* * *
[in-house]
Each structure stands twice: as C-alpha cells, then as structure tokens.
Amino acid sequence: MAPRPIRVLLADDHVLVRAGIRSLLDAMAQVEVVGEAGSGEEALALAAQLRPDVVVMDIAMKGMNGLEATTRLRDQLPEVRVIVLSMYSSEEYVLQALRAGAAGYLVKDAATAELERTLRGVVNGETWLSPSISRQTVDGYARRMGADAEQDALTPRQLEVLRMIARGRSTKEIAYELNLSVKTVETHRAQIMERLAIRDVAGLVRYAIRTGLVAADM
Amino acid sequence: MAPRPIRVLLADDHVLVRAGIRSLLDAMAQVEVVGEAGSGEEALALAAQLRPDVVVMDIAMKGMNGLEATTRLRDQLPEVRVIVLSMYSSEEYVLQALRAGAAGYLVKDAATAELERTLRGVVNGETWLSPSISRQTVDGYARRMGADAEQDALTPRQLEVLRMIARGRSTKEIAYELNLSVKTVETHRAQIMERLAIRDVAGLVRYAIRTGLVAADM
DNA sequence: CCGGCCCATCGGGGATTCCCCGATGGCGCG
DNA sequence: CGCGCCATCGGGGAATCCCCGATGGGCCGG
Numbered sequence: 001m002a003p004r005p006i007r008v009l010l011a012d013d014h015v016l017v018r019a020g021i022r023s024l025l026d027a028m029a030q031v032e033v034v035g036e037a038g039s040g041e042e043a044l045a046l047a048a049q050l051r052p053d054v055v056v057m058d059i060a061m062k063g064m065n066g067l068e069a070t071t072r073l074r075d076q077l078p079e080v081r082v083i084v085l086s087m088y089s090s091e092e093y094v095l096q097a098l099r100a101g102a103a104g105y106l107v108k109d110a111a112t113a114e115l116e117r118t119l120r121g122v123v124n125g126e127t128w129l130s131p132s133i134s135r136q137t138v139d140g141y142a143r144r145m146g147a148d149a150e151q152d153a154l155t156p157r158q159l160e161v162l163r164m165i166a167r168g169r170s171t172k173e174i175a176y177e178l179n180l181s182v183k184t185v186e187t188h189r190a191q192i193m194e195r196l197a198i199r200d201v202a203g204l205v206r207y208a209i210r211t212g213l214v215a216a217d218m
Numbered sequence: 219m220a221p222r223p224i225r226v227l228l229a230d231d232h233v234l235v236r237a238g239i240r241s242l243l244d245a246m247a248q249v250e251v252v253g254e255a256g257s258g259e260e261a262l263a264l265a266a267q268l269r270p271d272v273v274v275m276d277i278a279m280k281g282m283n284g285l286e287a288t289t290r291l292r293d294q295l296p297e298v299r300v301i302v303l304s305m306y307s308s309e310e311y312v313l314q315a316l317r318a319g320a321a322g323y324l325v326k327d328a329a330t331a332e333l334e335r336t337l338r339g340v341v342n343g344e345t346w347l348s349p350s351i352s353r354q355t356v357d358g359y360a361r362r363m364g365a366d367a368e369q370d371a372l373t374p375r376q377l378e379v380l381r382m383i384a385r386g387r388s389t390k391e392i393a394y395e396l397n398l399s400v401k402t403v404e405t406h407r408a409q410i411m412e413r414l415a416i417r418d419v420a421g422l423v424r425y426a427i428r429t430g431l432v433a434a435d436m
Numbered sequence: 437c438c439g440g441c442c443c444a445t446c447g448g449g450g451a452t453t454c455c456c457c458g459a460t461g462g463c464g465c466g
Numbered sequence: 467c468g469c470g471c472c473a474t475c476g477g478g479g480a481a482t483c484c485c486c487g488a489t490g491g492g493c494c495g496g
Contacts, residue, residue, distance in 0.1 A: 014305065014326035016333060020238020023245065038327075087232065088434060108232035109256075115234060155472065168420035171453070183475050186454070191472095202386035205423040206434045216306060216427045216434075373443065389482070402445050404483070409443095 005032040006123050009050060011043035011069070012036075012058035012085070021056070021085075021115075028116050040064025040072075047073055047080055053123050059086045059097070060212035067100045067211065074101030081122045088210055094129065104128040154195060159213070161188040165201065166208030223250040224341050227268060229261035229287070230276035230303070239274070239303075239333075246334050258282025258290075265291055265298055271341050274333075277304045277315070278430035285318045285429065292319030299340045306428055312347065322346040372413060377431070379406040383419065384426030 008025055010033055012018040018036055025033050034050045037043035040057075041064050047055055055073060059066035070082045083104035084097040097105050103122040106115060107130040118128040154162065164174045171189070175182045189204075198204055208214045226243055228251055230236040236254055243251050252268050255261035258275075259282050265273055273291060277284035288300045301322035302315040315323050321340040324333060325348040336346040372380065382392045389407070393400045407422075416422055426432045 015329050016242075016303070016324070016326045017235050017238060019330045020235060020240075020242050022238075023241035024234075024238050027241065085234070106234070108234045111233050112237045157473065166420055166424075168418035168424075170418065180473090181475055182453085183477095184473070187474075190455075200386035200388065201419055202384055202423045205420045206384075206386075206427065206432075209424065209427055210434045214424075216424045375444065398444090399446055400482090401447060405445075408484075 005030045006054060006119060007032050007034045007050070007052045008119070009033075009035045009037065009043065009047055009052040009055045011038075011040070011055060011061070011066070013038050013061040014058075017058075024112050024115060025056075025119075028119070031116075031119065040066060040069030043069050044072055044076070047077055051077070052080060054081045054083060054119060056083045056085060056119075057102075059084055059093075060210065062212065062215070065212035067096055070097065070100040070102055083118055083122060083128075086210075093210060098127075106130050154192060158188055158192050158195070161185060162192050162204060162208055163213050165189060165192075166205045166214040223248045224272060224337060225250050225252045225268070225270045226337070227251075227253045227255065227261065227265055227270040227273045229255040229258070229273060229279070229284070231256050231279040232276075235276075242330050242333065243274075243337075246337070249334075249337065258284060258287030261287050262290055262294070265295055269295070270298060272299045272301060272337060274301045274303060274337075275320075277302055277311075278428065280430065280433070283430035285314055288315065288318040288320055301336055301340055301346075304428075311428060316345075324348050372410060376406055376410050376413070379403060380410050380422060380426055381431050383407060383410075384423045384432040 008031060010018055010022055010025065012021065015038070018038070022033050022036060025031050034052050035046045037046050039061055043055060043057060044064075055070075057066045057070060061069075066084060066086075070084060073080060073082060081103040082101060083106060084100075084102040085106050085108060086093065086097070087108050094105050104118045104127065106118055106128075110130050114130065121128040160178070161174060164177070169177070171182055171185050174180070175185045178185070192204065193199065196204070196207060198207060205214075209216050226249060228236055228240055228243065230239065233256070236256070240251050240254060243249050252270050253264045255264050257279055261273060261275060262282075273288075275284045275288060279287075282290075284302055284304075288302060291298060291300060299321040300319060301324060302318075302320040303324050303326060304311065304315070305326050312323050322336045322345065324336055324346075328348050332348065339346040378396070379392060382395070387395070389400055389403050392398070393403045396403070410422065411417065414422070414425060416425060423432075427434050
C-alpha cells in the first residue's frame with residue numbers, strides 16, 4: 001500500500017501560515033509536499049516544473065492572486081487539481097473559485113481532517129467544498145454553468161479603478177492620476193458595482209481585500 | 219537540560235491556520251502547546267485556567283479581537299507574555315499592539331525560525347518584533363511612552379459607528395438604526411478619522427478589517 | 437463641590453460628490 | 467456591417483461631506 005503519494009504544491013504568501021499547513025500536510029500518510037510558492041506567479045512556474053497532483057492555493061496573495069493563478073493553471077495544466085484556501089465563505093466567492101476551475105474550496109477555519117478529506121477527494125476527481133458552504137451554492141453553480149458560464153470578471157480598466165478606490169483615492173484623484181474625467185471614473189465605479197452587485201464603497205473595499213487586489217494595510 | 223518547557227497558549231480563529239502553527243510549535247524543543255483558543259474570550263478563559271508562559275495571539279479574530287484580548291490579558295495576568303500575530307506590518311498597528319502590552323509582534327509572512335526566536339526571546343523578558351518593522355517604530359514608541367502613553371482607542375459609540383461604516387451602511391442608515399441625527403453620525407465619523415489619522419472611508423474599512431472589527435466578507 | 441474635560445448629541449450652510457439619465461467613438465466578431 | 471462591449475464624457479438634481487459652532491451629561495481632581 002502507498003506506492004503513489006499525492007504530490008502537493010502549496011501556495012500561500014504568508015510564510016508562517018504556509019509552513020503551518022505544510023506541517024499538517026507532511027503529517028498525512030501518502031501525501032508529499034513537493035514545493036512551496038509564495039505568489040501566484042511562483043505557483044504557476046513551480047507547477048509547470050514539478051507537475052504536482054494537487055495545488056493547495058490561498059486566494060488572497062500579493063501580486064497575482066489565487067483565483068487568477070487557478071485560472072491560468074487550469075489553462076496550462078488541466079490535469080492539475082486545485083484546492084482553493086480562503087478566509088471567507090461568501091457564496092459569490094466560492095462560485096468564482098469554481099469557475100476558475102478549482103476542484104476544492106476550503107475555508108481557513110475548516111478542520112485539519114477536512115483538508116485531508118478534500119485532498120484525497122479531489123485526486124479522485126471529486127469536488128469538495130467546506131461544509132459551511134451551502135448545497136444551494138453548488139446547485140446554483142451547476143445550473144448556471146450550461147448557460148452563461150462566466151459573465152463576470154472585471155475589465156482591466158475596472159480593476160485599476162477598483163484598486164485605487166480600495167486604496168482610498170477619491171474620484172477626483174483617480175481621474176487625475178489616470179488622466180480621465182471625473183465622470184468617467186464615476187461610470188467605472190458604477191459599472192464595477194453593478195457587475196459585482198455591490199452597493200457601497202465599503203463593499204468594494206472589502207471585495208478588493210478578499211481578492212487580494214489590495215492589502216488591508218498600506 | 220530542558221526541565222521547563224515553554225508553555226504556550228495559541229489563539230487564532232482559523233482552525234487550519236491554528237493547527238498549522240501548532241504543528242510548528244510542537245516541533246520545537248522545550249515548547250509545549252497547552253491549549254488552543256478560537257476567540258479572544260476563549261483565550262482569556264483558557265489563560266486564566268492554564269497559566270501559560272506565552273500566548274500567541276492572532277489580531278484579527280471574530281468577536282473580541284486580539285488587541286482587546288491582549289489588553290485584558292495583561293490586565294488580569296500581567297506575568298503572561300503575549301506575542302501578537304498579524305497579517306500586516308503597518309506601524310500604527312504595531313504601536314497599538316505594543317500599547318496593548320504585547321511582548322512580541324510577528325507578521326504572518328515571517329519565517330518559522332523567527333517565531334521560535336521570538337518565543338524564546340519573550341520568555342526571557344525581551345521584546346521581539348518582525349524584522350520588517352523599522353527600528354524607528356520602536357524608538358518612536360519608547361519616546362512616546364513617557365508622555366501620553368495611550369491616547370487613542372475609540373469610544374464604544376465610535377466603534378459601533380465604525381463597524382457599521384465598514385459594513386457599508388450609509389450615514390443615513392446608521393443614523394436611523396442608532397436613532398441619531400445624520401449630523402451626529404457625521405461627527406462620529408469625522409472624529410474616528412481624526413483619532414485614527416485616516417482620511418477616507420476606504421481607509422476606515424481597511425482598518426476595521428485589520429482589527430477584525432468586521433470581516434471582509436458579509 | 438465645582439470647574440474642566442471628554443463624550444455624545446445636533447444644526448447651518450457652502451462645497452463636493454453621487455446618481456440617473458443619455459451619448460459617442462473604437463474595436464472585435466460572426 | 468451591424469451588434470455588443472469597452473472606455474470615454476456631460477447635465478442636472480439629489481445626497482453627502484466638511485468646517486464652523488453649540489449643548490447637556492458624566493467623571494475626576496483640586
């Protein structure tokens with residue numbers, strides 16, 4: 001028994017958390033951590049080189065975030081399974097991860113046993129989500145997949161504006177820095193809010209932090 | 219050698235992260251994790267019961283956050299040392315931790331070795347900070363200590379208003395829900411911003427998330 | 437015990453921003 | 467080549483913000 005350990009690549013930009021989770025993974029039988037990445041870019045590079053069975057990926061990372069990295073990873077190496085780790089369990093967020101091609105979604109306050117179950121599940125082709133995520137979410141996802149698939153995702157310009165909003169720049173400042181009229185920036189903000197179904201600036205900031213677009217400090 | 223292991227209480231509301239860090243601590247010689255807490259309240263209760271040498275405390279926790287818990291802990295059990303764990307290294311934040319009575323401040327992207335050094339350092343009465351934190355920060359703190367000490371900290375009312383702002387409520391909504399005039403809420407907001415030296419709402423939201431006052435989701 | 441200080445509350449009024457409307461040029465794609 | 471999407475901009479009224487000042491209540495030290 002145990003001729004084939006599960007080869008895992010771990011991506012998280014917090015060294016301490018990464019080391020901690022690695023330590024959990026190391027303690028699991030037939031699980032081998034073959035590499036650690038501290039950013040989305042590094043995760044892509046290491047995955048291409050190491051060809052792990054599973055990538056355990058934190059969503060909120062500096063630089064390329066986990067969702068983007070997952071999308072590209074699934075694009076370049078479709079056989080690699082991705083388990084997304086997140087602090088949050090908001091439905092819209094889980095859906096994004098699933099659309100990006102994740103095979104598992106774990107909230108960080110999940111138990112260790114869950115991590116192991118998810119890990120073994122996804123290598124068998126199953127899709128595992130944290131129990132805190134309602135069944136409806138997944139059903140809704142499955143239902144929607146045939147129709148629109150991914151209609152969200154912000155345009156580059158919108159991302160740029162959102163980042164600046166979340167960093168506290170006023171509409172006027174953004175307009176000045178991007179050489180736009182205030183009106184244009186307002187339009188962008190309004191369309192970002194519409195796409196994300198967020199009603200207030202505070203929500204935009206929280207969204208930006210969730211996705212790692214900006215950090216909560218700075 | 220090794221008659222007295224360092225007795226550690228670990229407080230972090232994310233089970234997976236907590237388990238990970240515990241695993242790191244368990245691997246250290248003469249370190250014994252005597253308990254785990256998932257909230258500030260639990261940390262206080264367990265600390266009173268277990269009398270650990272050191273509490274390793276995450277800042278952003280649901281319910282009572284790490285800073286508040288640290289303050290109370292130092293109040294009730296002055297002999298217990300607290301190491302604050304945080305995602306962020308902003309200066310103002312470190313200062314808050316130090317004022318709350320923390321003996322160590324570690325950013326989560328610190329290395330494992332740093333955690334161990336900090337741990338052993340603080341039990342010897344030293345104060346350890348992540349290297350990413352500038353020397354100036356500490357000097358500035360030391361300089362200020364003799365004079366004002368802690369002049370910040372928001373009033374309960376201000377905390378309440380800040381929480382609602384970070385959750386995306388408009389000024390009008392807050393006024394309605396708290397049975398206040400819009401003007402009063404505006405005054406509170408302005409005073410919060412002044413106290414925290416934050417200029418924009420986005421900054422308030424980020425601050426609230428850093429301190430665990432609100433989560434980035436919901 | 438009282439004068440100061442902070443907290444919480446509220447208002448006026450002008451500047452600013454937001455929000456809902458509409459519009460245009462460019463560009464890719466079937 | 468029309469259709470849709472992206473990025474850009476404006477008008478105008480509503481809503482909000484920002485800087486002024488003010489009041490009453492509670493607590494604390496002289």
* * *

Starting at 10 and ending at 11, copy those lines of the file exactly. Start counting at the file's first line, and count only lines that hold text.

Numbered sequence: 467c468g469c470g471c472c473a474t475c476g477g478g479g480a481a482t483c484c485c486c487g488a489t490g491g492g493c494c495g496g
Contacts, residue, residue, distance in 0.1 A: 014305065014326035016333060020238020023245065038327075087232065088434060108232035109256075115234060155472065168420035171453070183475050186454070191472095202386035205423040206434045216306060216427045216434075373443065389482070402445050404483070409443095 005032040006123050009050060011043035011069070012036075012058035012085070021056070021085075021115075028116050040064025040072075047073055047080055053123050059086045059097070060212035067100045067211065074101030081122045088210055094129065104128040154195060159213070161188040165201065166208030223250040224341050227268060229261035229287070230276035230303070239274070239303075239333075246334050258282025258290075265291055265298055271341050274333075277304045277315070278430035285318045285429065292319030299340045306428055312347065322346040372413060377431070379406040383419065384426030 008025055010033055012018040018036055025033050034050045037043035040057075041064050047055055055073060059066035070082045083104035084097040097105050103122040106115060107130040118128040154162065164174045171189070175182045189204075198204055208214045226243055228251055230236040236254055243251050252268050255261035258275075259282050265273055273291060277284035288300045301322035302315040315323050321340040324333060325348040336346040372380065382392045389407070393400045407422075416422055426432045 015329050016242075016303070016324070016326045017235050017238060019330045020235060020240075020242050022238075023241035024234075024238050027241065085234070106234070108234045111233050112237045157473065166420055166424075168418035168424075170418065180473090181475055182453085183477095184473070187474075190455075200386035200388065201419055202384055202423045205420045206384075206386075206427065206432075209424065209427055210434045214424075216424045375444065398444090399446055400482090401447060405445075408484075 005030045006054060006119060007032050007034045007050070007052045008119070009033075009035045009037065009043065009047055009052040009055045011038075011040070011055060011061070011066070013038050013061040014058075017058075024112050024115060025056075025119075028119070031116075031119065040066060040069030043069050044072055044076070047077055051077070052080060054081045054083060054119060056083045056085060056119075057102075059084055059093075060210065062212065062215070065212035067096055070097065070100040070102055083118055083122060083128075086210075093210060098127075106130050154192060158188055158192050158195070161185060162192050162204060162208055163213050165189060165192075166205045166214040223248045224272060224337060225250050225252045225268070225270045226337070227251075227253045227255065227261065227265055227270040227273045229255040229258070229273060229279070229284070231256050231279040232276075235276075242330050242333065243274075243337075246337070249334075249337065258284060258287030261287050262290055262294070265295055269295070270298060272299045272301060272337060274301045274303060274337075275320075277302055277311075278428065280430065280433070283430035285314055288315065288318040288320055301336055301340055301346075304428075311428060316345075324348050372410060376406055376410050376413070379403060380410050380422060380426055381431050383407060383410075384423045384432040 008031060010018055010022055010025065012021065015038070018038070022033050022036060025031050034052050035046045037046050039061055043055060043057060044064075055070075057066045057070060061069075066084060066086075070084060073080060073082060081103040082101060083106060084100075084102040085106050085108060086093065086097070087108050094105050104118045104127065106118055106128075110130050114130065121128040160178070161174060164177070169177070171182055171185050174180070175185045178185070192204065193199065196204070196207060198207060205214075209216050226249060228236055228240055228243065230239065233256070236256070240251050240254060243249050252270050253264045255264050257279055261273060261275060262282075273288075275284045275288060279287075282290075284302055284304075288302060291298060291300060299321040300319060301324060302318075302320040303324050303326060304311065304315070305326050312323050322336045322345065324336055324346075328348050332348065339346040378396070379392060382395070387395070389400055389403050392398070393403045396403070410422065411417065414422070414425060416425060423432075427434050